Cheese and wine evenings may sound like the very definition of ‘posh’ to some people and perhaps a thing for the overly fussy when it comes to food, but to others, particularly people keen to develop their knowledge of wine, they are a great learning opportunity.
When these are held as formal events you may leave with a deeper knowledge of what tipple goes with which fromage, but there are limits to what such an event can achieve; it cannot and will not cover every sort of wine or every kind of cheese. That means you need to research further to get a wider knowledge.
The sheer numbers show why this is so. There are lots of different wines out there, making a full array of tastings an event you may struggle to remember by the end. Even then, it might leave out unusual drinks like organic orange wine.
So it is for cheese. In the UK alone there are now over 700 named kinds of cheese, from familiar types like Stilton, Cheddar and Cheshire to unusual types such as Wigmore, Lincolnshire Poacher, or Lord of the Hundreds. (For comparison, France is said by some to have only around 300, although other definitions put the figure nearer 1,000).
According to Countryside Online, there are some great combinations to be enjoyed between British cheeses and wines. These include pairing Stilton with port, Baron Bigod (a Camembert-style cheese) with a Burgundy, while Edmund Tew goes well with Champagne, and Cornish Kern with a Chardonnay.
A key point to note, of course, is that the cheeses on the list are British while the wines are mostly not (matching Caerphilly with a sparkling English white is an exception), although the site does also suggest various beers and ciders to match them with too. However, the key to a match is not the location but complementary flavour.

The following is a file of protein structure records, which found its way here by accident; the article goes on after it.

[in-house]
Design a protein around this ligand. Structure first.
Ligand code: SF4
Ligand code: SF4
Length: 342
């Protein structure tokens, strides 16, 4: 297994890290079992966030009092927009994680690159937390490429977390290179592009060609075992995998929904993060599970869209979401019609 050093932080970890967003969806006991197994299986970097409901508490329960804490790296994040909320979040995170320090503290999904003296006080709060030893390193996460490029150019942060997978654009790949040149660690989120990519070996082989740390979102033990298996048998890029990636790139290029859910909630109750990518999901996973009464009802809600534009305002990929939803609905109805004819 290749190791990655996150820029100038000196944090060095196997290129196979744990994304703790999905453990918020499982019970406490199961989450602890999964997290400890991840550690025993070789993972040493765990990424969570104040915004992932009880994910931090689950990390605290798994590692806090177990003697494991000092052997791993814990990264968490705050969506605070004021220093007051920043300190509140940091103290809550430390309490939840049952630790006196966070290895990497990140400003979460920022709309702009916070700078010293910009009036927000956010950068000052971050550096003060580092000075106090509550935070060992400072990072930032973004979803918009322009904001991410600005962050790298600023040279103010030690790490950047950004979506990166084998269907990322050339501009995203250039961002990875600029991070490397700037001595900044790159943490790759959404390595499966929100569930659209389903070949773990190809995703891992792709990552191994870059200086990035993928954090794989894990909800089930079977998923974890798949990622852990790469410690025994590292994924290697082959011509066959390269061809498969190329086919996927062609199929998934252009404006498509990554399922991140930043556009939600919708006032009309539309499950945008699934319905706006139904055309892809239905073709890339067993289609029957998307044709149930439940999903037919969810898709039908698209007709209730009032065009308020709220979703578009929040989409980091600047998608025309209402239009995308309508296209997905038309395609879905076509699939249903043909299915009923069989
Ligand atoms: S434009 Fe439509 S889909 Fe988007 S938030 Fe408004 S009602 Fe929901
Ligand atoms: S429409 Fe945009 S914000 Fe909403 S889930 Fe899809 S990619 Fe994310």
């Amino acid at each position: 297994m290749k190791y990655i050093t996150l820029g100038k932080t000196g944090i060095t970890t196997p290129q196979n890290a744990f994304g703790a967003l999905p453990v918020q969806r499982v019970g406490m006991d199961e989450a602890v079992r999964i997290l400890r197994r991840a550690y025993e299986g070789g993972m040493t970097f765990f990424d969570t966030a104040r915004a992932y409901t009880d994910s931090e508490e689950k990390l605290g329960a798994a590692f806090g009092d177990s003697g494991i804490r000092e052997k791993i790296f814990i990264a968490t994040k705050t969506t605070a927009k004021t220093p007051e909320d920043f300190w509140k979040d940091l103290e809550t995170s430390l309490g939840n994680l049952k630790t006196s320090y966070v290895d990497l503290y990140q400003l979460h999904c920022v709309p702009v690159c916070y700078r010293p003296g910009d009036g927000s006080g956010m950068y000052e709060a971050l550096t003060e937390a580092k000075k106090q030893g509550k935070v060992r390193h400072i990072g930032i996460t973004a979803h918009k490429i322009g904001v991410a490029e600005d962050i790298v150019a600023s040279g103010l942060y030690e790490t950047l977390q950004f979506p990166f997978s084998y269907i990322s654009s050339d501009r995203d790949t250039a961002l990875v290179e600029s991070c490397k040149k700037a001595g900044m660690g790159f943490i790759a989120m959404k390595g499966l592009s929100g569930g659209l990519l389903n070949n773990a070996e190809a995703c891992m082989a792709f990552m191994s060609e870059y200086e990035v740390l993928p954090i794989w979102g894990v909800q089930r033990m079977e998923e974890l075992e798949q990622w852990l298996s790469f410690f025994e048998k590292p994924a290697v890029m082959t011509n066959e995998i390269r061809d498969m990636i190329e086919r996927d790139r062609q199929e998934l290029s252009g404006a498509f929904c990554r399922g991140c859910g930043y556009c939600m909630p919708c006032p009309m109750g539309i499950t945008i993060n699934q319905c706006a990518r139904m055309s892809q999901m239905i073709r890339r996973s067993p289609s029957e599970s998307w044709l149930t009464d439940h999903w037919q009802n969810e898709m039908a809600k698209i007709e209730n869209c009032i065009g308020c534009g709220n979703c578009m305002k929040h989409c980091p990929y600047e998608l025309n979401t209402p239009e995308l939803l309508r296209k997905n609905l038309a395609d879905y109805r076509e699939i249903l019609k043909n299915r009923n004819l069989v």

The question of what to do with more unusual kinds of wine requires a deeper investigation. Orange wine is a good example of this as it is not normally considered in a list of wines to match cheese with.
However, Culture Cheese Mag does make some suggestions, though these depend on the variety of orange wine. It suggests saltier cheeses for Georgian orange wine, a cheese with “plenty of personality” for the sharper Italian types and a “funky” cheese with an American version.
The key for a British wine drinker is to find cheeses from the UK that match to these wines. The saltiest cheeses do tend to be from overseas, such as Roquefort, Feta, or Halloumi, but there are still some with salty flavours, notably white crumbly cheeses like Cheshire or Lancashire.
Describing a cheese as having “plenty of personality” or “funky” makes it a little hard to pin down, but the obvious conclusion to draw is that orange wine should not go with mild cheeses (so leave out Ticklemore). Instead, a strong blue or perhaps a fruit-infused cheese could be the way to go.
Of course, you don’t have to take the expert opinions too seriously; they are not written in stone and some may find completely new combinations of cheese and tipples they like. After all, as you learn more about wines, or indeed cheese, you will have fun discovering many more great pairs for yourself.